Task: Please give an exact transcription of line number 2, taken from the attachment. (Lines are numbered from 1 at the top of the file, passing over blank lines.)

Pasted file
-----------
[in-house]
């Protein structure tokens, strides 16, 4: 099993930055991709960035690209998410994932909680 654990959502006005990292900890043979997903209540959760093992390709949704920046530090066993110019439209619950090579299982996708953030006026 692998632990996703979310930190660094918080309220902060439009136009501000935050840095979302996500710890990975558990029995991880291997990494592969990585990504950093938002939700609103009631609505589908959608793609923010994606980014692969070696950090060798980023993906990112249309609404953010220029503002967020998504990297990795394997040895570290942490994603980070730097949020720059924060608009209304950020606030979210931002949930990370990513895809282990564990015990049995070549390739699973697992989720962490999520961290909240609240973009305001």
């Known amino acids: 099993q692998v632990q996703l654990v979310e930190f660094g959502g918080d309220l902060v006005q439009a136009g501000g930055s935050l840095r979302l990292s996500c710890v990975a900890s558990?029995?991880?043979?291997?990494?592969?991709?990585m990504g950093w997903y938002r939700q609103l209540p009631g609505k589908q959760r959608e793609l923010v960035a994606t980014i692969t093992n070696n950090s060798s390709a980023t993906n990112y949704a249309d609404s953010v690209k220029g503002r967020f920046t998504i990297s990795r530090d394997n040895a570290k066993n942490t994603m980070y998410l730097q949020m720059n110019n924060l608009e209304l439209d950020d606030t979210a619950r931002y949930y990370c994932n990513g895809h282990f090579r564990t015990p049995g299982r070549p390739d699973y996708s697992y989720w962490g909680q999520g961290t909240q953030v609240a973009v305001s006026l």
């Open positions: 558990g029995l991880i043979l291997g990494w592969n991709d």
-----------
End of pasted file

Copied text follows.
């Protein structure tokens, strides 16, 4: 099993930055991709960035690209998410994932909680 654990959502006005990292900890043979997903209540959760093992390709949704920046530090066993110019439209619950090579299982996708953030006026 692998632990996703979310930190660094918080309220902060439009136009501000935050840095979302996500710890990975558990029995991880291997990494592969990585990504950093938002939700609103009631609505589908959608793609923010994606980014692969070696950090060798980023993906990112249309609404953010220029503002967020998504990297990795394997040895570290942490994603980070730097949020720059924060608009209304950020606030979210931002949930990370990513895809282990564990015990049995070549390739699973697992989720962490999520961290909240609240973009305001």